When Apollo High School plays Daviess County High School in any sport, it is often an anticipated rivalry game — basketball is no exception. However, Friday night, as the Panthers prepared to host the Eagles, there was very little blue or red to be found, instead the entire gymnasium was painted pink.
While Neil Hayden might have been on the floor as the DCHS boy’s head basketball coach, he was also there as Kristi Hayden’s husband. Just three months ago, during the week of Thanksgiving, Kristi found a lump in her breast. After multiple doctor’s appointments and numerous tests, the Haydens received the official diagnosis two weeks before Christmas that Kristi had stage 2 invasive ductal carcinoma, grade 3 — breast cancer.
With both of the Haydens dedicating the majority of their working lives to Daviess County Public Schools, it did not take long for word to spread and for the community to rally.
Neil Hayden has been coaching for 19 years, with the last five being at the high school level as head coach. And Neil said, not only has Kristi been incredibly supportive throughout the years, but coaching has become a part of who they are.
“Kristi is the best coach’s wife I’ve ever met — she comes to every game,” Neil said. “It’s kind of been ingrained — it’s who we’ve been. It’s kind of been what we’ve chosen as our ministry.”
That is evident from the impact that Neil and Kristi have had on the students, players and parents at their former and current schools.
When DCHS basketball team mom Julie Stratton spoke with the other parents about how to help the Haydens, the idea for a fundraising T-shirt quickly began to take shape. In anticipation of the upcoming rivalry game, and Neil being a former Apollo High School coach, an AHS vs. DCHS Pink Out game seemed like the perfect solution.
“They’re just such a wonderful family,” Stratton said. “Everybody wants to do something but you don’t know what. We were sitting and talking about things we could do and it grew. We came up with ‘DC and Apollo Unite for the Fight’ and that’s become our motto — so Kristi won’t have to go through this fight alone. None of us as parents want her to feel alone in going through this. This is one way we can support.”
Stratton said she knew of several teachers and community members currently fighting cancer, but, being family and her sons coach, the Haydens held a special place in her heart.
“There are a lot of people fighting things but you try to do what you can for each person,” Stratton said. “With Coach Hayden being so involved with the players — she’s donated so much of her time with her husband. We wanted to do something for her because she donates so much of her time to us.”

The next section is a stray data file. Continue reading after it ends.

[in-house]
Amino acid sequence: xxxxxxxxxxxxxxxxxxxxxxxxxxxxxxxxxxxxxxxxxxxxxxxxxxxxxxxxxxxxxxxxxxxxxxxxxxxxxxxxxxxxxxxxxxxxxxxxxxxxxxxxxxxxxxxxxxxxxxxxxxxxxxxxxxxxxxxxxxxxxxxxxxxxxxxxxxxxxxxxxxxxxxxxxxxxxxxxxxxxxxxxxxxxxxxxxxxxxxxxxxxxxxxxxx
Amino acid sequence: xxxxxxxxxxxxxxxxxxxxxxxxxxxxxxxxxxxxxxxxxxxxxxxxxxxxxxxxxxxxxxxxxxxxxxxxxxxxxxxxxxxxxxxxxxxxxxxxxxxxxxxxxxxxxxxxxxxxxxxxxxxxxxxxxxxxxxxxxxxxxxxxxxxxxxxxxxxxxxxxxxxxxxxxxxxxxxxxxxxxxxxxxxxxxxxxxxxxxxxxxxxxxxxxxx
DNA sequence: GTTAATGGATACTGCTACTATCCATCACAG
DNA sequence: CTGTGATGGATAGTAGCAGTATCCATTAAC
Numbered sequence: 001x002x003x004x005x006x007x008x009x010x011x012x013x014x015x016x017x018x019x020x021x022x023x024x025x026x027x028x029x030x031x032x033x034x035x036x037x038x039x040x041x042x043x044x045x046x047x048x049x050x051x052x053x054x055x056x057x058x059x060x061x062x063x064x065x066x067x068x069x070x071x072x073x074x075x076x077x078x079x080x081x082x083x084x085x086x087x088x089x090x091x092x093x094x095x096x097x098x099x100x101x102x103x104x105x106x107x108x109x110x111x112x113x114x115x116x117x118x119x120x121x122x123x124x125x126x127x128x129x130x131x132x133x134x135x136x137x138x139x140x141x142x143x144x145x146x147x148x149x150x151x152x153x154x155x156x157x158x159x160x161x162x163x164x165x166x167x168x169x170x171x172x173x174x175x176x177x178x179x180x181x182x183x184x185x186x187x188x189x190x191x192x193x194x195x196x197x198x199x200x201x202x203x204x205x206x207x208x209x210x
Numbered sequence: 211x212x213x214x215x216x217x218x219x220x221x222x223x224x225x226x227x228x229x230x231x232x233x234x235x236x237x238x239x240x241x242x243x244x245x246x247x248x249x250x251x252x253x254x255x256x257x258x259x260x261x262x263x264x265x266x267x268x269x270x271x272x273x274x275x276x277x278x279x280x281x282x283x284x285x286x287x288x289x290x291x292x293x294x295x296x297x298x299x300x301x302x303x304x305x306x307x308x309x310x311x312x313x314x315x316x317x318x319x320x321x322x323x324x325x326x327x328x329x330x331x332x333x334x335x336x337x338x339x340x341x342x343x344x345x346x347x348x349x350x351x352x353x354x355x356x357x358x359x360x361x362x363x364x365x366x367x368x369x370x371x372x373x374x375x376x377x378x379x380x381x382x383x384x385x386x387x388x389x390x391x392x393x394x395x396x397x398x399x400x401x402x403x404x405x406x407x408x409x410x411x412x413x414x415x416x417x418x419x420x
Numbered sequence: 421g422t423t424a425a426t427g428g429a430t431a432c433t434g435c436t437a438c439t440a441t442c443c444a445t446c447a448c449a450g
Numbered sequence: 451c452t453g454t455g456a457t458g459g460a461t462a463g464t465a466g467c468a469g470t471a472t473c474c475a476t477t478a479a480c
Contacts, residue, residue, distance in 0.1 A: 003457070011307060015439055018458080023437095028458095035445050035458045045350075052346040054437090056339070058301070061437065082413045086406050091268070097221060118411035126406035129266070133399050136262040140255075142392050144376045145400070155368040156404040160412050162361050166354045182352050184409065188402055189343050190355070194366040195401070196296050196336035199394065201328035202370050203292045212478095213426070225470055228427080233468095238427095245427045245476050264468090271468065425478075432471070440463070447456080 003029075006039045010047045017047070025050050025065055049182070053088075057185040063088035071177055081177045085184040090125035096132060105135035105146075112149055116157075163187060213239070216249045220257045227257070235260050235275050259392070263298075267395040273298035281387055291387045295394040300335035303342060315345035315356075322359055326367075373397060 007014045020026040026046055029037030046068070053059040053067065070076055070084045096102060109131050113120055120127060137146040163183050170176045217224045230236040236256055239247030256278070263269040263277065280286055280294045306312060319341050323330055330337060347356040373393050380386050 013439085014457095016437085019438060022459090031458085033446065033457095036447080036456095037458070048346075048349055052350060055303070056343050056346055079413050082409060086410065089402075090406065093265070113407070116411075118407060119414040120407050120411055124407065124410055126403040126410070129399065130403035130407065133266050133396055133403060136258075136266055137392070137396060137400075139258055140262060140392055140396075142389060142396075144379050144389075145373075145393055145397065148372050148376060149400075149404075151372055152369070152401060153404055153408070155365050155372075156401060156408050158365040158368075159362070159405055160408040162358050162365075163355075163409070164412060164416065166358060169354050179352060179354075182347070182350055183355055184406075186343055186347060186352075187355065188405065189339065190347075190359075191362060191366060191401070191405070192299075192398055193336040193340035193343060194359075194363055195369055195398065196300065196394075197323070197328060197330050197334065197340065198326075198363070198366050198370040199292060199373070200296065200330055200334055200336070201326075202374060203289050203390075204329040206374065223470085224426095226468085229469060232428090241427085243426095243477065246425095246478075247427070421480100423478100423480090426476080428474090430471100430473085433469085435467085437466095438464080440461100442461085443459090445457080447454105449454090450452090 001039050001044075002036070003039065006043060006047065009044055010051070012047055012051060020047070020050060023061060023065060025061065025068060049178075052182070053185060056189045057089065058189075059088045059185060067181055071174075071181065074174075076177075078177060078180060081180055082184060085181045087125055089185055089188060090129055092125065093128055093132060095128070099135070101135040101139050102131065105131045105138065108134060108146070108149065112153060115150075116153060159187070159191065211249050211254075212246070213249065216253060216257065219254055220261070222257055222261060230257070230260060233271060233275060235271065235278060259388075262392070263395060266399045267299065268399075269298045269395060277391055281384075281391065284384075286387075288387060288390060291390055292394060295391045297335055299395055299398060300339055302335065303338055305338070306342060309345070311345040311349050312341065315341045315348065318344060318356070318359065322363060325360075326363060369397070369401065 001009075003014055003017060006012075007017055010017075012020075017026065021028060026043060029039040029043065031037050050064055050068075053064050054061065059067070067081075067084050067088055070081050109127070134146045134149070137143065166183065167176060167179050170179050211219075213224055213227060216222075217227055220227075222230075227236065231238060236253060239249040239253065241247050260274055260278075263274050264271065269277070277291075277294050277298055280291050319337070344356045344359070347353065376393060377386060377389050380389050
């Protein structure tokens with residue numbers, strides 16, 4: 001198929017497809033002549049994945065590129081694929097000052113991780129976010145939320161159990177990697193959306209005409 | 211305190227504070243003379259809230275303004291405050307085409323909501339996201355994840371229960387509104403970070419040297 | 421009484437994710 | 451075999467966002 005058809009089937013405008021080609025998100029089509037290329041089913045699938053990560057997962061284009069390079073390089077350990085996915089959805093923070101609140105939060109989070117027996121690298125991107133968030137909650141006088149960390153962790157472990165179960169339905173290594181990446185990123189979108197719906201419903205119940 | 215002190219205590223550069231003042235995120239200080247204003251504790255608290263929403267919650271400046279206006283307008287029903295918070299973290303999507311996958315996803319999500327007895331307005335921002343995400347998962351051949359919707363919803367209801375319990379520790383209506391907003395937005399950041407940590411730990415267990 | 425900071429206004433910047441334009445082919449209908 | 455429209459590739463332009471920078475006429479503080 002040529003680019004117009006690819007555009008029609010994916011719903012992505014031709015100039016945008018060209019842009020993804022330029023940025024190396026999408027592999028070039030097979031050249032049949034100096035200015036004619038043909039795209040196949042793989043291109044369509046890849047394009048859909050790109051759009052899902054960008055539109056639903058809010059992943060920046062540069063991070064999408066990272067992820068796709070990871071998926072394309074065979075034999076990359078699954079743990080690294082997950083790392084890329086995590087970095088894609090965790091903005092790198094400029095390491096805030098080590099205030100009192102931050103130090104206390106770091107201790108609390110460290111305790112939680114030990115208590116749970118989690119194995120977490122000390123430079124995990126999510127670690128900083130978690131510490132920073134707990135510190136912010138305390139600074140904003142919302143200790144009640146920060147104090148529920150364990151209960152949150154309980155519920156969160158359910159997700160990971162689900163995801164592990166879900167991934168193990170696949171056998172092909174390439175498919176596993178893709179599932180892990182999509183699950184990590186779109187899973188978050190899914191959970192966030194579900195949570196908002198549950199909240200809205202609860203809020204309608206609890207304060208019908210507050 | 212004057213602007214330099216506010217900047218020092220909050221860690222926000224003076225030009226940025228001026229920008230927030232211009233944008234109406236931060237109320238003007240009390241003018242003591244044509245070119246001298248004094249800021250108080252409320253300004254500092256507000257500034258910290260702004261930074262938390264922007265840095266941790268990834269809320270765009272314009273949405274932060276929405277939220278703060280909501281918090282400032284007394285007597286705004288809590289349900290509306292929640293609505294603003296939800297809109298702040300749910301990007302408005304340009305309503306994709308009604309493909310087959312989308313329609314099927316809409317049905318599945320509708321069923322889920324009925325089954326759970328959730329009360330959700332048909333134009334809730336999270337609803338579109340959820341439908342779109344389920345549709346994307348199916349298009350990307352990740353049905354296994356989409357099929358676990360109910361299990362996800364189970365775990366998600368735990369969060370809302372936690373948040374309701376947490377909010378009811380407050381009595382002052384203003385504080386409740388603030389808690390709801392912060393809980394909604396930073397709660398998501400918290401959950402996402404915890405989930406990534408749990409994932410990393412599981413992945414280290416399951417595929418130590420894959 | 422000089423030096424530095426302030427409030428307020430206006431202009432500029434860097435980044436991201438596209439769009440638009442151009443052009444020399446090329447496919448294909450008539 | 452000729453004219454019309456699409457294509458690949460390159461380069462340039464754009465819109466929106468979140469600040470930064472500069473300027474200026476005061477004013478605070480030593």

DC and Apollo Unite for the Fight
1. The original fundraising goal was to sell 100 T-shirts. Word quickly spread throughout the DCPS community, especially the teachers and staff at Kristi and Neil’s former schools. | Photo by Marc Ray
2. 800 shirts were sold and over $4,000 was raised for the Hayden family. | Photo by Marc Ray
3. Before the game, amongst a backdrop of pink shirts, regardless of school attendance, the DCHS boys team presented Kristi with a keepsake shadow box enclosing a pewter angel and signed jersey. | Photo by Marc Ray
4. DCHS basketball team mom Julie Stratton with Kristi Hayden. | Photo by Marc Ray
The original fundraising goal was to sell 100 T-shirts for $10 and donate the proceeds, after costs and expenses, to the Haydens. Word quickly spread throughout the DCPS community, especially the teachers and staff at Kristi and Neil’s former schools.
“I was impressed by how fantastic Apollo has been also because he (Neil) coached there,” Stratton said. “Apollo sold 200 shirts — so we are going to have a total pink out.”
Before the game, amongst a backdrop of pink shirts, regardless of school attendance, the DCHS boys team presented Kristi with a keepsake shadow box enclosing a pewter angel and signed jersey.
The T-shirts sold out on Wednesday and, before the game Friday, a final tally was taken. Stratton’s initial goal of selling 100 T-shirts was lost in the mix as 800 shirts were sold and over $4,000 was raised for the Hayden family.
Stratton, who was overwhelmed by the community’s generous outpouring of support, said she was not at all surprised.
“It’s been very easy to get help and support,” Stratton said. “They’ve touched so many lives.”